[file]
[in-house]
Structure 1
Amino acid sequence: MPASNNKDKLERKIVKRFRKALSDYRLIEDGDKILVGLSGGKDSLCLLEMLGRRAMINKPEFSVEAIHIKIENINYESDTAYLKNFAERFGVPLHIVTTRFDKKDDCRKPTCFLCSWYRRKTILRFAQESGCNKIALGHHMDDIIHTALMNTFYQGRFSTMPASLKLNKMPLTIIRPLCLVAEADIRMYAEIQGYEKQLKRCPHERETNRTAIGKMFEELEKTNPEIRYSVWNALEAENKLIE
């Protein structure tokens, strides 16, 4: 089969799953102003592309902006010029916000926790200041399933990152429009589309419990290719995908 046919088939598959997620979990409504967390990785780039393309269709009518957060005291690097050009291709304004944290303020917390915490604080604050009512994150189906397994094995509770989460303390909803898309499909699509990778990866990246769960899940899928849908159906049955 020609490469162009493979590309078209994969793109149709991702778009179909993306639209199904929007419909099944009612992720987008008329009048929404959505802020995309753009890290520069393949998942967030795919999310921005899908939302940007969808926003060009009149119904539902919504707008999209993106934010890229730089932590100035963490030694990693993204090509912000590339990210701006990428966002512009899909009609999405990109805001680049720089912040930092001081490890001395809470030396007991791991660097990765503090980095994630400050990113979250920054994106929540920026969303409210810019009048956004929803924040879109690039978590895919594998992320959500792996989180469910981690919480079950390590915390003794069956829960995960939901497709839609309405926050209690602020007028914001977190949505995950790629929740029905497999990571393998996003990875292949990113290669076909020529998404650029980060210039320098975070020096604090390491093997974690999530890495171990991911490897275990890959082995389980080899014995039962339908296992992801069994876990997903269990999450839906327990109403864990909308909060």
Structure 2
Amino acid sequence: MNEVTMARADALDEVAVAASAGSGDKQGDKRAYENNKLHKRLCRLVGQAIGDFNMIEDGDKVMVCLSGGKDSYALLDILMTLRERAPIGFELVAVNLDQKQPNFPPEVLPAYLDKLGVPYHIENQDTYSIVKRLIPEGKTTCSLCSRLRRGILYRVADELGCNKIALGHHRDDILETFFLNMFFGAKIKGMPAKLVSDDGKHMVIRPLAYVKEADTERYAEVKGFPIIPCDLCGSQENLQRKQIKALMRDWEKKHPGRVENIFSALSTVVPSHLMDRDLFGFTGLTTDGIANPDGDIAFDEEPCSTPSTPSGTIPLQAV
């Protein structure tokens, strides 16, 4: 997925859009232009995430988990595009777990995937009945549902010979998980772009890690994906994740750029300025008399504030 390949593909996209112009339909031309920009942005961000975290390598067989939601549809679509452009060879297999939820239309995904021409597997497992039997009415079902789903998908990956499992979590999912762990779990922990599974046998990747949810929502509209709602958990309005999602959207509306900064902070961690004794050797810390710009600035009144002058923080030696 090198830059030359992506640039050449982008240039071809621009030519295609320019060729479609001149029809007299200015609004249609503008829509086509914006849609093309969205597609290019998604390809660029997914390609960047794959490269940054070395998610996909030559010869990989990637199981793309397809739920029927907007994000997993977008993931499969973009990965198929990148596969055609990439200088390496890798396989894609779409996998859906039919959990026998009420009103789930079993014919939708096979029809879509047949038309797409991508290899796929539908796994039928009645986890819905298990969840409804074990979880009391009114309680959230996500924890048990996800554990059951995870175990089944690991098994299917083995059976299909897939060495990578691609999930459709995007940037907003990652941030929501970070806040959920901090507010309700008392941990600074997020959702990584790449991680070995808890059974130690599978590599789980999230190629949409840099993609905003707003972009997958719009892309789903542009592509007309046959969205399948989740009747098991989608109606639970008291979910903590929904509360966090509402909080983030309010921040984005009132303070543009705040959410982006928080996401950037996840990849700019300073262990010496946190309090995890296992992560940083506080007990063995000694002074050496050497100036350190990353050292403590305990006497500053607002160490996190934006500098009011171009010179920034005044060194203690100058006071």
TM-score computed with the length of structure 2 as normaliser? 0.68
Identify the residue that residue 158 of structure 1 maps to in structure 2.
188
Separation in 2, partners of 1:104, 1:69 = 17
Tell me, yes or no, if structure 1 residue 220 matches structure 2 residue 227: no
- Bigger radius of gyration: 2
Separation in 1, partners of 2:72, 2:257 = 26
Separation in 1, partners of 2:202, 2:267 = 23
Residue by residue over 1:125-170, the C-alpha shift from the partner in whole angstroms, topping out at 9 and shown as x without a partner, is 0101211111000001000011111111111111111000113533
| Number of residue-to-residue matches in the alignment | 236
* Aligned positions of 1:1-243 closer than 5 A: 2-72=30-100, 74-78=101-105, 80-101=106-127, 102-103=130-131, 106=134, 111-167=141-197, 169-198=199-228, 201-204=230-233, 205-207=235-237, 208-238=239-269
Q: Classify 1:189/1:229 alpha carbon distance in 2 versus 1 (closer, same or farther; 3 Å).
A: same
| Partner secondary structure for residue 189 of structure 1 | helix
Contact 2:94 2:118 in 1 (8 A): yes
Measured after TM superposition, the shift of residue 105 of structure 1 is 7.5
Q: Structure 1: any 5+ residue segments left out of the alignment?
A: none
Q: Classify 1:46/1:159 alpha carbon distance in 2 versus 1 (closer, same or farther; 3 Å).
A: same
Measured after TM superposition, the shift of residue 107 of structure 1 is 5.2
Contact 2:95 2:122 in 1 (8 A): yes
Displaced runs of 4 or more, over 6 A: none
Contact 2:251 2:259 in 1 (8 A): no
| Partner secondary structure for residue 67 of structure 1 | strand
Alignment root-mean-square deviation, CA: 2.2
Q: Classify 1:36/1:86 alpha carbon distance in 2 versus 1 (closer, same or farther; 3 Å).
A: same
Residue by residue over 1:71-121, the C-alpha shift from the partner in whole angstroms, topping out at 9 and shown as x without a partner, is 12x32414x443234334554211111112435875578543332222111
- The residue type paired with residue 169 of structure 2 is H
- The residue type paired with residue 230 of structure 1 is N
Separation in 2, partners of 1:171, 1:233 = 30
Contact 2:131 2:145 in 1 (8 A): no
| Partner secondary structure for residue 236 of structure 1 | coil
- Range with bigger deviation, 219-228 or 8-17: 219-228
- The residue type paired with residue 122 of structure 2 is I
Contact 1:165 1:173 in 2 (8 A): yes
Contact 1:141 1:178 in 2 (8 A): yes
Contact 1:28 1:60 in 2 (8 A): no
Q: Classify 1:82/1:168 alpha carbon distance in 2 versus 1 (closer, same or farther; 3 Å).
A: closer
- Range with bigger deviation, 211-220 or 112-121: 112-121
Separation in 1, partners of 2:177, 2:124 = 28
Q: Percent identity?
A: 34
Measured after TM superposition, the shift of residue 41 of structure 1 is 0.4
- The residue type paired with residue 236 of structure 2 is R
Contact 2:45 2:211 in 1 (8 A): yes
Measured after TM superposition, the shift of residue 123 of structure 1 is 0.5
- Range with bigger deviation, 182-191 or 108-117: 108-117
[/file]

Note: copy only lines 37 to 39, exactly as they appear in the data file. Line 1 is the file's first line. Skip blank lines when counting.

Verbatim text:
- The residue type paired with residue 169 of structure 2 is H
- The residue type paired with residue 230 of structure 1 is N
Separation in 2, partners of 1:171, 1:233 = 30